I actually do have this experience!
I moved to the official Microchip tools about 6 years ago after using CCS for a time (the codebases here where I work were all CCS when I first started).
Migrating code over might be a bit of an annoyance, depending on how much you are relying on CCS-specific features, but is definitely doable. Learning XC8/XC16 shouldn't be too much trouble if you already know how to program in C. Most of the knowledge will carry, but some things will be different.
Like converting the CCS #FUSE directives over to using the #pragma config directives to set your config bits in XC:CCS:
#FUSES FRC //Use Internal FRC
#pragma config FNOSC = FRC //Use Internal FRC
The names of the structures for setting/clearing individual bits in a register are slightly different:CCS:
U2MODE.UARTEN = 1;
U2MODEbits.UARTEN = 1;
ISRs are also declared differently. I think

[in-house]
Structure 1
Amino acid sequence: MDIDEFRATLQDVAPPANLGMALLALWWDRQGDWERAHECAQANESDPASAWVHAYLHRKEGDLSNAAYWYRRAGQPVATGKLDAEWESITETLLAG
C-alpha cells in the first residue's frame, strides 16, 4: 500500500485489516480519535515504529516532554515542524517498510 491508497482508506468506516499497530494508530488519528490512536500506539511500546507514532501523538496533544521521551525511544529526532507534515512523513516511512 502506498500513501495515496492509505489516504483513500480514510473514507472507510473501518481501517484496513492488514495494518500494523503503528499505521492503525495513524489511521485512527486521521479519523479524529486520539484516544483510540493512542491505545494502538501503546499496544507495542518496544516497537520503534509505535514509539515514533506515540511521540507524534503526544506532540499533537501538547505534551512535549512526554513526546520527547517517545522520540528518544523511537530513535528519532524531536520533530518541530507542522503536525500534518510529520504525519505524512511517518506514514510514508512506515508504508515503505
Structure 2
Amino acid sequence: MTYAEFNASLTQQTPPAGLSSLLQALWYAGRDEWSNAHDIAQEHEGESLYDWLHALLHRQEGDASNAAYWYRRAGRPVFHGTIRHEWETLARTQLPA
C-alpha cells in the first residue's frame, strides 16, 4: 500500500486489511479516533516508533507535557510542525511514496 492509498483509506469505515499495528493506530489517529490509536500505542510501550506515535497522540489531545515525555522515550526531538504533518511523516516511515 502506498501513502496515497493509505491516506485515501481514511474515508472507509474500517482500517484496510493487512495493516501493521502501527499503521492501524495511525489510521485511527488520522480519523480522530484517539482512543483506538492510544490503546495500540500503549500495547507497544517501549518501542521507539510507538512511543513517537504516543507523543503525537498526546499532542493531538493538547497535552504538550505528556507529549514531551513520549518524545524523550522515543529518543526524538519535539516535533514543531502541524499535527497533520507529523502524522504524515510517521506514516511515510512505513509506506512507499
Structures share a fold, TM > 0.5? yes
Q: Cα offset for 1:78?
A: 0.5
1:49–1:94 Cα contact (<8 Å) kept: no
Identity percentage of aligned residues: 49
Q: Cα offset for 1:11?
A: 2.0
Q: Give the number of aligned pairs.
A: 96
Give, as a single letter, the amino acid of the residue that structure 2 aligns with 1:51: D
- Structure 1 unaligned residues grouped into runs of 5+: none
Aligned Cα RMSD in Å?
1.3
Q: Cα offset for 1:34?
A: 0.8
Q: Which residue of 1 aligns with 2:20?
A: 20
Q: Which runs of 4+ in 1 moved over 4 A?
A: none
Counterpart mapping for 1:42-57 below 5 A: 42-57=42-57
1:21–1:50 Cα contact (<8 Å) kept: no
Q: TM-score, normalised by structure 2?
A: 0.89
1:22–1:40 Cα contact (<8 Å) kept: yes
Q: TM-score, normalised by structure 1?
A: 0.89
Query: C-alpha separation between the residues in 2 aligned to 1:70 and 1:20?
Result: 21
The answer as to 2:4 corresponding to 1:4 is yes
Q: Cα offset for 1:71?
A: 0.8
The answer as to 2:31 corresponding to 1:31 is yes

CCS may also automatically clear the interrupt flag inside the ISR (at least, none of the legacy CCS code I'm looking at clears the flag):CCS:
void __attribute__ ((interrupt,no_auto_psv)) _T4Interrupt (void)
IFS1bits.T4IF = 0; //Make sure we clear the interrupt flag!
Probably the most annoying bit might be if you use lots of the convenience functions in CCS. One example would be for something like peripheral setup. In CCS there was a convenience function "setup_compare()" that you could just provide arguments to:
Something like this would not work unless you wrote a setup_compare() function of your own.
In XC16, this would be a similar setup:
OC3CON1bits.OCTSEL = 0b000; //TIMER 2 IS SOURCE
OC3CON1bits.ENFLT = 0b000; //Faults Disabled
OC3CON1bits.TRIGMODE = 1;
OC3CON1bits.OCM = 0b110; //Edge Aligned
OC3CON2bits.OCMPINV = 0; //non-inverted output
OC3CON2bits.DCB = 0b00;
OC3CON2bits.OC32 = 0;
OC3CON2bits.OCMPINV = 0;
OC3CON2bits.OCTRIG = 0;
OC3CON2bits.OCTRIS = 0;
OC3CON2bits.SYNCSEL = 0b01100; //SYNC Timer2 (if SYNC is enabled)
This could be shortened to:
OC3CON1 = 0x000E;
OC3CON2 = 0x000C;
Basically, you would need to consult the device datasheet and/or create your own macros to reproduce the something like the setup_compare() function in XC16.
Hope this helps, my knowledge of CCS may not be entirely accurate, as the CCS I worked with was a few versions out of date even when I first started using it about 6 years ago (v4.132 is the version I've got installed for building legacy firmware).
post edited by KTrenholm - 2020/10/23 10:30:08